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Wizards at Rockets: TV, live stream and radio info, things to watch

Wizards at Rockets: TV, live stream and radio info, things to watch

The Washington Wizards play at the Houston Rockets on Monday night. Here is all you need to know: TV, live stream and radio info, tip-off time, plus three things to watch…

WASHINGTON WIZARDS at HOUSTON ROCKETS

Where: Toyota Center
Tip-off: 8 p.m.
TV: CSN (coverage begins at 7:30 p.m.)
Live stream: CSNmidatlantic.com
Radio: 1500 AM

Three things to watch...

Wizards aim for four straight, winning record

The Wizards can accomplish two things for the first time this season on Monday night against the Rockets. With a win they would earn their first four-game winning streak and their first record above the .500 mark. They reached .500 for the first time on Friday night with their win over the Nets.

The Wizards play at the Rockets on Monday to begin a stretch of four road games out of their next six overall. If the Wizards are to continue their recent winning ways, they will need to overcome their troubles on the road. Only one NBA team, the Nets, has less road wins this season. The Wizards are an ugly 3-10 away from the Verizon Center, the same road record as the Philadelphia 76ers.

[RELATED: Did John Wall do enough in December?]

Harden's encore

In the Rockets' most recent game, on New Year's Eve against the Knicks, James Harden put in one of the more impressive box score lines you will ever see. He dropped 53 points as part of a triple-double that also included 17 assists and 16 rebounds. He got those points on 14-of-26 (53.8%) shooting, as Houston closed the month of December with an enviable 15-2 record.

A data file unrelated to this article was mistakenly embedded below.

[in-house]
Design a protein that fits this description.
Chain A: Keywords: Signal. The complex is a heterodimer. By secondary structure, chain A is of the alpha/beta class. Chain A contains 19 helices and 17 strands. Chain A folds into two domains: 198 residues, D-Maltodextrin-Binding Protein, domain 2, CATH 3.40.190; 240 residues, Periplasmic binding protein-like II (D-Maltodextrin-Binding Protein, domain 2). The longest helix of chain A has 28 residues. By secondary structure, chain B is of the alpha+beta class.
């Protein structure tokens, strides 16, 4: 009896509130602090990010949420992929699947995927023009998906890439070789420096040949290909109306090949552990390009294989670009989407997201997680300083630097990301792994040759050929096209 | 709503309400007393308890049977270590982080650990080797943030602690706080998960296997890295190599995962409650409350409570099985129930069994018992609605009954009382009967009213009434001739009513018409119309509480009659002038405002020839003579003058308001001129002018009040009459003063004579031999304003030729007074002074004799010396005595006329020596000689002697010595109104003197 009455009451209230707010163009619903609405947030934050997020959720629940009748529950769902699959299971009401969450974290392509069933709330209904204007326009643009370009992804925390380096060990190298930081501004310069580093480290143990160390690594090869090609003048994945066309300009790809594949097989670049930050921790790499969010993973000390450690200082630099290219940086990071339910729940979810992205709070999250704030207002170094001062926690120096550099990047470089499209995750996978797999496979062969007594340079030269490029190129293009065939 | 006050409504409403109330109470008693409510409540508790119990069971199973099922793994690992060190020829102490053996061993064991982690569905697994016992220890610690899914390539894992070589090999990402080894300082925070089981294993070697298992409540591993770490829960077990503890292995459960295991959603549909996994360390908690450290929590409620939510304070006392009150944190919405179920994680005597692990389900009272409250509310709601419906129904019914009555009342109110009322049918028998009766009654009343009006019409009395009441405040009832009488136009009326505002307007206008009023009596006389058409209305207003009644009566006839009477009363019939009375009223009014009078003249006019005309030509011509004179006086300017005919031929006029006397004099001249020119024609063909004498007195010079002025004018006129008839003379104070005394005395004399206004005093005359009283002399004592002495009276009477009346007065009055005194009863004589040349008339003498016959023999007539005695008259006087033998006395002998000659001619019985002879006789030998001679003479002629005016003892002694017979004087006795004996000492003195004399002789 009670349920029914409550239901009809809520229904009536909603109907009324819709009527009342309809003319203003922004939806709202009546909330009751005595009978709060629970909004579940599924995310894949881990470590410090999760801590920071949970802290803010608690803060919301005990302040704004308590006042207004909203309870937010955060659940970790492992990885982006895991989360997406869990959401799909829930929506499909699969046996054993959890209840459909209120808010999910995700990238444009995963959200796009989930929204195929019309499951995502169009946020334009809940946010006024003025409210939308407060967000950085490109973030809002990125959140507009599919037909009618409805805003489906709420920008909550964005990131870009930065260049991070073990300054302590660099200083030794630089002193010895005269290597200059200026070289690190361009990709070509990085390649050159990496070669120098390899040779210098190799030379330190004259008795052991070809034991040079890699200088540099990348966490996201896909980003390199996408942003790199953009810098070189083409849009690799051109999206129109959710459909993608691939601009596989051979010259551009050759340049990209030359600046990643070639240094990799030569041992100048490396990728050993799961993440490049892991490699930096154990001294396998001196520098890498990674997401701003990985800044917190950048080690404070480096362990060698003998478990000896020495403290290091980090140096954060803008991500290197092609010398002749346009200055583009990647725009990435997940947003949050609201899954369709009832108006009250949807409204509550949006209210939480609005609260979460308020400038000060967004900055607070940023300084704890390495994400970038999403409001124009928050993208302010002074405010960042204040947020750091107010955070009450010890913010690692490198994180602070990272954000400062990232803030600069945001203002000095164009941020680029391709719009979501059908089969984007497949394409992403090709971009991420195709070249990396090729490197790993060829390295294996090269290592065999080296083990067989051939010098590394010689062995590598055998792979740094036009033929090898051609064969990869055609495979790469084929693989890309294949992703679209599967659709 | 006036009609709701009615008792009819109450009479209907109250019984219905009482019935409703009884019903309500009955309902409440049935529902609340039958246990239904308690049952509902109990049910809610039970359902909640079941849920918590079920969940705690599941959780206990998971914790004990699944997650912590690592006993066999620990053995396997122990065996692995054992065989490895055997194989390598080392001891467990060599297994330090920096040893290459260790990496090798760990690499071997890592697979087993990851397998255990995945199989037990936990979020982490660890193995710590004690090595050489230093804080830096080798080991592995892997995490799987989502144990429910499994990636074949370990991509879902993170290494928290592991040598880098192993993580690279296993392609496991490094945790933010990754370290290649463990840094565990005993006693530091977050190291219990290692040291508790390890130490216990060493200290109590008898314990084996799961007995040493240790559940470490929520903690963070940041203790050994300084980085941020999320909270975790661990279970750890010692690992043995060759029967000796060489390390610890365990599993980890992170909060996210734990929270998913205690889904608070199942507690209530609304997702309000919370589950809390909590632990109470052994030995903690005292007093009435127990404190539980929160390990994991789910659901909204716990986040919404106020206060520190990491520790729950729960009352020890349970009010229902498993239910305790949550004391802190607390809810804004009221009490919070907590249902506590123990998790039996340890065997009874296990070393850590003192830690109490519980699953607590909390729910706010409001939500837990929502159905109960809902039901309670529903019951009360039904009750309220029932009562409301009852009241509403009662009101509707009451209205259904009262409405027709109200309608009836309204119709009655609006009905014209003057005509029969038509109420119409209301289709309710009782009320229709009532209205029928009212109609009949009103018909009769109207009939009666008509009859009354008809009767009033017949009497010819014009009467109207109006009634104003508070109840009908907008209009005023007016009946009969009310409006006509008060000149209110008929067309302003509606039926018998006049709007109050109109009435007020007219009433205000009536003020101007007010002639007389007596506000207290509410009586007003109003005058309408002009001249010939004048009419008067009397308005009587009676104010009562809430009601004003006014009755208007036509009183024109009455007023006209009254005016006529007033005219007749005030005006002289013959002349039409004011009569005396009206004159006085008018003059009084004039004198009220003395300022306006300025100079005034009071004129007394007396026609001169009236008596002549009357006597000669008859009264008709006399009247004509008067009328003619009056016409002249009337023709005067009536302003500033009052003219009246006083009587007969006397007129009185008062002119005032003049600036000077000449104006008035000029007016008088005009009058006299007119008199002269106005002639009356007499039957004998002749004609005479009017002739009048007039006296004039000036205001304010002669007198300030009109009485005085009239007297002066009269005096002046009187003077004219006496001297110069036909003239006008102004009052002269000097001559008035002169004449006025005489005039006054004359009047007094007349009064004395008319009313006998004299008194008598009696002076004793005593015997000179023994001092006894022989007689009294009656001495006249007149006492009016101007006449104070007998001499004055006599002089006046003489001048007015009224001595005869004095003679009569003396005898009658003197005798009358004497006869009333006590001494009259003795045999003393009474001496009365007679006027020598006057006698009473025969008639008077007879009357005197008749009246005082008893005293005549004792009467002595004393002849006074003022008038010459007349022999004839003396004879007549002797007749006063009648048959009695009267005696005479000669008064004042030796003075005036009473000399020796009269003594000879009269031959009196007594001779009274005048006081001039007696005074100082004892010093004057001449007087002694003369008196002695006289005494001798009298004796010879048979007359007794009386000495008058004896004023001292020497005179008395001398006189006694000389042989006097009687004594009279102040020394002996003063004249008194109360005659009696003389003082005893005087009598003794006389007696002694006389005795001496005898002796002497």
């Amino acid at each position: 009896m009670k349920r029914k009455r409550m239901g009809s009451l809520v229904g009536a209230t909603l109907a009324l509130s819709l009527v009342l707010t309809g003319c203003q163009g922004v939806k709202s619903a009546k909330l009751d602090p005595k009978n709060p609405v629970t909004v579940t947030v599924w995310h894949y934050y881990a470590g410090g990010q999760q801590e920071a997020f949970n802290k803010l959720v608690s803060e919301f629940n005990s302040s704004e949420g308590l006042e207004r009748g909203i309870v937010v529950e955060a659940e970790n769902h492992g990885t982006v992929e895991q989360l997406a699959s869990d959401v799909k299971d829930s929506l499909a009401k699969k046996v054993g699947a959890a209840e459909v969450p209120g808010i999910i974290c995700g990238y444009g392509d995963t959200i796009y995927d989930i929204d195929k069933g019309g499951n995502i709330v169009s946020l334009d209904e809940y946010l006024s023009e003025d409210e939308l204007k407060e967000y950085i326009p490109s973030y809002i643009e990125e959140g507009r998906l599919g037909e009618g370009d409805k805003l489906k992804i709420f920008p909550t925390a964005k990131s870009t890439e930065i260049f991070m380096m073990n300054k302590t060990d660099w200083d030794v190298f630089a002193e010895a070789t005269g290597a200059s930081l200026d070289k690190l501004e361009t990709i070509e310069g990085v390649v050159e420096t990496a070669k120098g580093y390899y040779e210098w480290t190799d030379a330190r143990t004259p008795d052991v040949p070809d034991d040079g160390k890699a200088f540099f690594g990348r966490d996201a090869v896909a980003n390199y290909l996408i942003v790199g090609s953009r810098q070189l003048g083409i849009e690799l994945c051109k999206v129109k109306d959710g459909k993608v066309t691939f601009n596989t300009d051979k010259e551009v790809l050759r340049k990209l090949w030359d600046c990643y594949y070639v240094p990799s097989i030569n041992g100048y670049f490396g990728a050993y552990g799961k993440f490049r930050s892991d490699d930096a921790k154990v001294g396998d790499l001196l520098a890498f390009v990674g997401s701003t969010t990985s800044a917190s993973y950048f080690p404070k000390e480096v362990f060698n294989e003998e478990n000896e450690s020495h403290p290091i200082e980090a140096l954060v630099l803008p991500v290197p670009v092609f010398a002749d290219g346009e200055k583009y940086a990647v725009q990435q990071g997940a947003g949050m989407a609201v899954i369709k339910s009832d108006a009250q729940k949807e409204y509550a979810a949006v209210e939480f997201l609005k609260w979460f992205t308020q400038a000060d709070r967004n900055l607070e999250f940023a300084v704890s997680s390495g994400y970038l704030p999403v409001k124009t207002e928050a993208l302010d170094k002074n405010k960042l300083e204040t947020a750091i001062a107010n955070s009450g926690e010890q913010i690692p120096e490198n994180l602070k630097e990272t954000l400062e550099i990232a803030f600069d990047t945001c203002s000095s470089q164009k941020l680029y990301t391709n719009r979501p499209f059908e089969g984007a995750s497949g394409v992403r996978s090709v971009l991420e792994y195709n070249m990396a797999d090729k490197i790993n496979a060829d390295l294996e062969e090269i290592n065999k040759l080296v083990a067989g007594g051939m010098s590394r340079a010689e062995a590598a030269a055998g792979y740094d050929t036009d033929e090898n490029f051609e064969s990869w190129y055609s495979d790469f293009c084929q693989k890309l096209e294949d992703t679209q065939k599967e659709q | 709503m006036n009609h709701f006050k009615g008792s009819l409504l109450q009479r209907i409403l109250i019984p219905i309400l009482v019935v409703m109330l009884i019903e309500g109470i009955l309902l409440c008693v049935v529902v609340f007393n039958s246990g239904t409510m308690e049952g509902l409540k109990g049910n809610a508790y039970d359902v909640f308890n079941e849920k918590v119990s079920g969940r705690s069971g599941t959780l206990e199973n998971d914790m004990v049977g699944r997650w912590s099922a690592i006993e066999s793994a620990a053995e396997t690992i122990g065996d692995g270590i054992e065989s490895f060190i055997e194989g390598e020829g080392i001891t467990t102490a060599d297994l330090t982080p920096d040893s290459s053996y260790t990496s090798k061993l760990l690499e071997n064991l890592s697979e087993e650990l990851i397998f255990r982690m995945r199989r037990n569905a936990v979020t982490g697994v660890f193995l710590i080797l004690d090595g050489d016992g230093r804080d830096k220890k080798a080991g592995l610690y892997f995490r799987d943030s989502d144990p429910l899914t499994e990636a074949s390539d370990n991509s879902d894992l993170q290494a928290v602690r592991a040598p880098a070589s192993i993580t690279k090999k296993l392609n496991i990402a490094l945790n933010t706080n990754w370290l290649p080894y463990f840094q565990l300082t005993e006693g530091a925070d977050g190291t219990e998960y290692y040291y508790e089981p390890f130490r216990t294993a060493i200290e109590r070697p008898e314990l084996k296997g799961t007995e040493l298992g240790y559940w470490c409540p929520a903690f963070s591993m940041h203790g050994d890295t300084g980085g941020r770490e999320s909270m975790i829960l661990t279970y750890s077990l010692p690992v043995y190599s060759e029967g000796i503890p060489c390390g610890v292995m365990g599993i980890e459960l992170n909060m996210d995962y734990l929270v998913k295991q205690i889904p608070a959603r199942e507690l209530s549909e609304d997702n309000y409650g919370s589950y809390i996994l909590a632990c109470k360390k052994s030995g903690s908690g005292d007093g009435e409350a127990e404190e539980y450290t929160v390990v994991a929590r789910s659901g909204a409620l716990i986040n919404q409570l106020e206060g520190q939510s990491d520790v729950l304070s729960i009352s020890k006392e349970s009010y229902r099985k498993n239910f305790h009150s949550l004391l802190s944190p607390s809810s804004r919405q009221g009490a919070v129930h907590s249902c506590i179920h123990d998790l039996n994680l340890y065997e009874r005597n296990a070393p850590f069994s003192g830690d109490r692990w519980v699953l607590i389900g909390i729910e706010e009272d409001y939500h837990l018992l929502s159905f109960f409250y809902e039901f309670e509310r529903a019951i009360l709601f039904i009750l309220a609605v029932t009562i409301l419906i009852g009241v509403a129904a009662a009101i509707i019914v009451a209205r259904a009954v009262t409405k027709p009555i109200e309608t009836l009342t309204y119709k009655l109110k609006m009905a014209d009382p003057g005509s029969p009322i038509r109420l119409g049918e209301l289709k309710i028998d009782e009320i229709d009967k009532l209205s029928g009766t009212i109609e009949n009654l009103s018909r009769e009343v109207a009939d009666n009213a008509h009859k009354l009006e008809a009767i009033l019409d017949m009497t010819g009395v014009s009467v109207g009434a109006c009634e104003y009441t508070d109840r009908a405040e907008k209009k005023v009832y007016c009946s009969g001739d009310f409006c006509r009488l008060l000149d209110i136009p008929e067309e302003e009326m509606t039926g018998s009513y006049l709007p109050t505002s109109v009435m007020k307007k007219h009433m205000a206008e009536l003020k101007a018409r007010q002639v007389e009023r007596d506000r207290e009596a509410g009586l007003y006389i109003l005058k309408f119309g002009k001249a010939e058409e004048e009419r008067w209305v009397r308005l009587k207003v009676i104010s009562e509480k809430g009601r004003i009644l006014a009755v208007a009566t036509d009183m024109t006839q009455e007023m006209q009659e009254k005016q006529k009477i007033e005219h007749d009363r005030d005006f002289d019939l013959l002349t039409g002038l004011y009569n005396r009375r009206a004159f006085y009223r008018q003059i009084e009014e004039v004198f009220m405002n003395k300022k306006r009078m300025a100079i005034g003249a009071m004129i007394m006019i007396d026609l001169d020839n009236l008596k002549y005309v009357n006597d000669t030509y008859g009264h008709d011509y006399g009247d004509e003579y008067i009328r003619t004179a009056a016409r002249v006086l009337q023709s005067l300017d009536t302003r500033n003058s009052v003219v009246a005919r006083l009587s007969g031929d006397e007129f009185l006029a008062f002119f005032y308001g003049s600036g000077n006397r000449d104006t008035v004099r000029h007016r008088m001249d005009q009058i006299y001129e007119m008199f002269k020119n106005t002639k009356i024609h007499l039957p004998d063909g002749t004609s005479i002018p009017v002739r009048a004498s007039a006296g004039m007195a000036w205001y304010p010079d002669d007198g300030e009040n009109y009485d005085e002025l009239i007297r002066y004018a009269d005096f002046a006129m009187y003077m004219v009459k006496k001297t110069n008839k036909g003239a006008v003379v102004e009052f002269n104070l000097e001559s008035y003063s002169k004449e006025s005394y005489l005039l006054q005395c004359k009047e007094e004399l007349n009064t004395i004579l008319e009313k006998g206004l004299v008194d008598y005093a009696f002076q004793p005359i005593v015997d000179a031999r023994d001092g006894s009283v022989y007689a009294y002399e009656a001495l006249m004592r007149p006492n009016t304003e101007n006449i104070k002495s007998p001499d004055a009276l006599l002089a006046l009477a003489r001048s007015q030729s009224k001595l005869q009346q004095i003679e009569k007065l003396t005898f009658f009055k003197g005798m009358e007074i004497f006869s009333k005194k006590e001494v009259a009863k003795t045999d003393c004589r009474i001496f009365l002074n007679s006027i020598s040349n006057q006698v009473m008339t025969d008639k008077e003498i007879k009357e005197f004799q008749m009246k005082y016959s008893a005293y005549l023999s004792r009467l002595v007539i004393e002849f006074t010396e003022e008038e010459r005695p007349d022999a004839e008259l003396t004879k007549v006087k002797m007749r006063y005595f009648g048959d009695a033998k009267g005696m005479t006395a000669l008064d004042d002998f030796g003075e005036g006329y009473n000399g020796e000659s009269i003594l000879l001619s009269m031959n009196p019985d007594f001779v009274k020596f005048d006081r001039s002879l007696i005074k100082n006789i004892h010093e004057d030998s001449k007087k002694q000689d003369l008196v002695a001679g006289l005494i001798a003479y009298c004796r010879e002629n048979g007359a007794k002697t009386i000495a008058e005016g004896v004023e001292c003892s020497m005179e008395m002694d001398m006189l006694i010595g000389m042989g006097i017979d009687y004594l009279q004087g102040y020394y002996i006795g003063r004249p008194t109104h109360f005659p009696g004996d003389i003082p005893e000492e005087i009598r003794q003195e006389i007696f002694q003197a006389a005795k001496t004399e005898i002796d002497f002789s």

For Harden, that was his second triple-double in a row and his fourth in his last nine games. He's playing the best basketball of his career as the Rockets return home to host the Wizards, a team he has enjoyed plenty of success against recently. Earlier this season, on Nov. 7, Harden scored 32 points to go along with 15 assists in a Rockets win. And last year he scored at least 40 points in both meetings between the teams. 

Can the bench do it again?

The Wizards won without Bradley Beal on Friday against the Nets in large part due to a huge night from their bench. Trey Burke stepped up to score 27 points in 30 minutes on 10-of-12 shooting. He was 5-for-5 from three-point range. Jason Smith had 10 points in 18 minutes on 5-of-7 shooting. It was his second time reaching double-figures this season. Matt Thornton chipped in with eight points, as the Wizards' bench collectively scored 50 of their 118 points as a team.

The Wizards could be without Beal again on Monday night as he continues to rest his sprained right ankle. Even if he does play, he may be held back to an extent by the injury. The Wizards will definitely need their bench to come through again if they are to take out the Rockets, one of the NBA's best and hottest teams.

[RELATED: Wizards' bench better than first thought?]

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John Wall embracing role as assistant coach during injury rehab